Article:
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  • Writer's pictureSavannah Bradley

Marissa Pelly on Styling, Risk Taking, and Saying No

"I could watch old music videos all day — back when we had these big, high-fashion moments in music."

 


Every Stitch is a new interview series asking fashion’s new creative class how they manage their closets, lives, and careers.


Marissa Pelly is a stylist and consultant based in New York. She's dressed some of your favorite artists, from Mahmood to Camrus. Here’s how Marissa picks up every stitch.


 

The self-appointed work uniform:

I always want to be comfortable and confident when I work. That’s usually a baggy pant, a crop top, a blazer, and sneakers. If I’m going to get a client dressed or I'm attending an event with them, I’ll throw on some heeled boots.


The journey to becoming a stylist:

I came up in the industry very traditionally. I graduated from FIT in 2016 — I was interning at Complex at the time and went on to intern and assist an array of celebrity stylists. I spent some time in L.A. working with Big Sean’s team, which was super formative for me. I moved back to New York in 2017 and began freelance assisting and market editing for a ton of celebrity wardrobe teams while I focused on my craft, building my book, and networking to cultivate my own clients.


The stylist-client connection:

For me, it all happened pretty organically. I met so many people assisting — managers, producers, label execs, etc. You never know who is watching or who you will make an impression on, which is why it’s so important to treat everyone with the same respect & kindness and give everything 110%. Once you get your first 1-2 clients, it’s like a domino effect from there.


The creative flow process:

Definitely [through] watching music videos! I could watch old music videos all day — back when we had these big, high-fashion moments in music. That’s always so inspiring to me. Also: getting out in the stores, seeing new collections, really just doing a ton of research. It’s so important to always be a student.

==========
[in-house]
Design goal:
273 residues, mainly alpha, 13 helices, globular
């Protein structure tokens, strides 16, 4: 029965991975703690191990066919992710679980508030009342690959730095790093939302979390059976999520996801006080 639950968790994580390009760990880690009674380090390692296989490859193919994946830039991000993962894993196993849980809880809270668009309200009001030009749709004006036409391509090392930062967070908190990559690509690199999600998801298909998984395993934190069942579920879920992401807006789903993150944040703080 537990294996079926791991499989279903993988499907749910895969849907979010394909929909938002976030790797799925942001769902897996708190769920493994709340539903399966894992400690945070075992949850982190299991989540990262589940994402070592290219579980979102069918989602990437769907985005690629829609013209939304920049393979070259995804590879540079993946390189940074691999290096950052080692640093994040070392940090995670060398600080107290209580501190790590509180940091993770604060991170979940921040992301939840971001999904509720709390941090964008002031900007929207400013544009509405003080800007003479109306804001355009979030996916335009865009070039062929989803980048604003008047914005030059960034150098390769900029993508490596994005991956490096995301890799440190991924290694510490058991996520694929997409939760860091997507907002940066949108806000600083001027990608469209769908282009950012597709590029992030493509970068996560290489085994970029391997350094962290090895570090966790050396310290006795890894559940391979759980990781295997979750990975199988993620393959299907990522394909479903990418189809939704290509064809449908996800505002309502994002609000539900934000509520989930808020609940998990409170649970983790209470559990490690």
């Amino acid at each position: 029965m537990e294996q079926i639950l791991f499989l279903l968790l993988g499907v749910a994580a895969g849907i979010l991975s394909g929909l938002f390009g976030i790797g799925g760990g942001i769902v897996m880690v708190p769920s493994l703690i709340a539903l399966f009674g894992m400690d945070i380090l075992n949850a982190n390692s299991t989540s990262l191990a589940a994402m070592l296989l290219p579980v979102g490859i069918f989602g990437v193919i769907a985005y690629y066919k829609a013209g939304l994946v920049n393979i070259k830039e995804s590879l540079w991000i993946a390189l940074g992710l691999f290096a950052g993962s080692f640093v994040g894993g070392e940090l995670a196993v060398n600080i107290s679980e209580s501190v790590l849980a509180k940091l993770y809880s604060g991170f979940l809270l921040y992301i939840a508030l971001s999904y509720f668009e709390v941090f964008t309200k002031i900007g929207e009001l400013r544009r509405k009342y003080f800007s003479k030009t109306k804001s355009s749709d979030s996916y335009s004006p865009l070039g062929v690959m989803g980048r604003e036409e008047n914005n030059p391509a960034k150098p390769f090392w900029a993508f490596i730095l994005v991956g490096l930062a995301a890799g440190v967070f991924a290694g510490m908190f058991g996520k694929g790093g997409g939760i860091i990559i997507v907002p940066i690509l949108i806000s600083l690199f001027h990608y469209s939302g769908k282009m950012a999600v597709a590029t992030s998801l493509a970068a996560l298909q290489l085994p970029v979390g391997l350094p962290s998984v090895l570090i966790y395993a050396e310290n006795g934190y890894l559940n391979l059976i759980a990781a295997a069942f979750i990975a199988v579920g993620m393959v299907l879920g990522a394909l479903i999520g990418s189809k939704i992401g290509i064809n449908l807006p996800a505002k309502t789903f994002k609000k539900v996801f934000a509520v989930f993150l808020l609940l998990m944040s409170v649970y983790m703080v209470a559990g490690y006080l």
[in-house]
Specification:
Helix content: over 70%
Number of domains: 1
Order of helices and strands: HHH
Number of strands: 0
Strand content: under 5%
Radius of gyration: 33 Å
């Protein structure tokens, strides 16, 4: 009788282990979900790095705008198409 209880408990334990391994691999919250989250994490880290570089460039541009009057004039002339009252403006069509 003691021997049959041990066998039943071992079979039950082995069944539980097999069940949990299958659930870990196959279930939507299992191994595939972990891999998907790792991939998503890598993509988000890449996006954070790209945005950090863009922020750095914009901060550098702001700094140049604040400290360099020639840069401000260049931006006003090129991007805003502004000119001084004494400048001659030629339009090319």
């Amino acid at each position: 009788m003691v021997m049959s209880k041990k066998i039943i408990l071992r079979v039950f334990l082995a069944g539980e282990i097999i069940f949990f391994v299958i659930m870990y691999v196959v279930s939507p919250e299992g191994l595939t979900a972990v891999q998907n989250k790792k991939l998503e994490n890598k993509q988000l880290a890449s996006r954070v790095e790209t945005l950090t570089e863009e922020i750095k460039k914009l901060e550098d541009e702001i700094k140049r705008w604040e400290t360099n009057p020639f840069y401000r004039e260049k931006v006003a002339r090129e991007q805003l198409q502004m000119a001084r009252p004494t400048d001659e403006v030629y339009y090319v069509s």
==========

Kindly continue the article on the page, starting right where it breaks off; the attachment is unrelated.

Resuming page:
The approach to risk-taking:

I tap back into my younger self often — I do everything for her. I used to have really bad work-related anxiety once I got my foot in the door. It was like, I finally have this thing I wanted so bad, I can’t mess it up. But when you are young, you also have this fearlessness — laced with a bit of delusion. I think about the 18-year-old girl in her dorm room wondering if styling was even a possible career but going after it anyway, or the 22-year-old who packed a suitcase and went to L.A. with no money. She made it happen, so when I need to take a risk, I remind myself I’m still that girl.


The perfectionism of it all:

It’s really hard [to let go of]! But you have to make it a habit. It’s crazy to me that, most of the time, all of this hard work gets reduced to an image on the internet. Once you accept you can only control so much, things get easier. I give everything my all and then some... anything beyond that is none of my business.


The moment she knew she made it:

When I could finally start being selective about the jobs I take on. There’s so much power in saying no. The moment I could say no and not feel insecure about it, I knew I reached a comfortable level of success.


The advice she'd give burgeoning creatives:

So much, but right now, my favorite is to find your community as soon as you can. I’m so happy to have found mine, but I wish I did earlier. Fashion can be overwhelming, but good friends and peers who know what it’s like make everything so much easier. I wouldn’t trade that support for anything! 🌀







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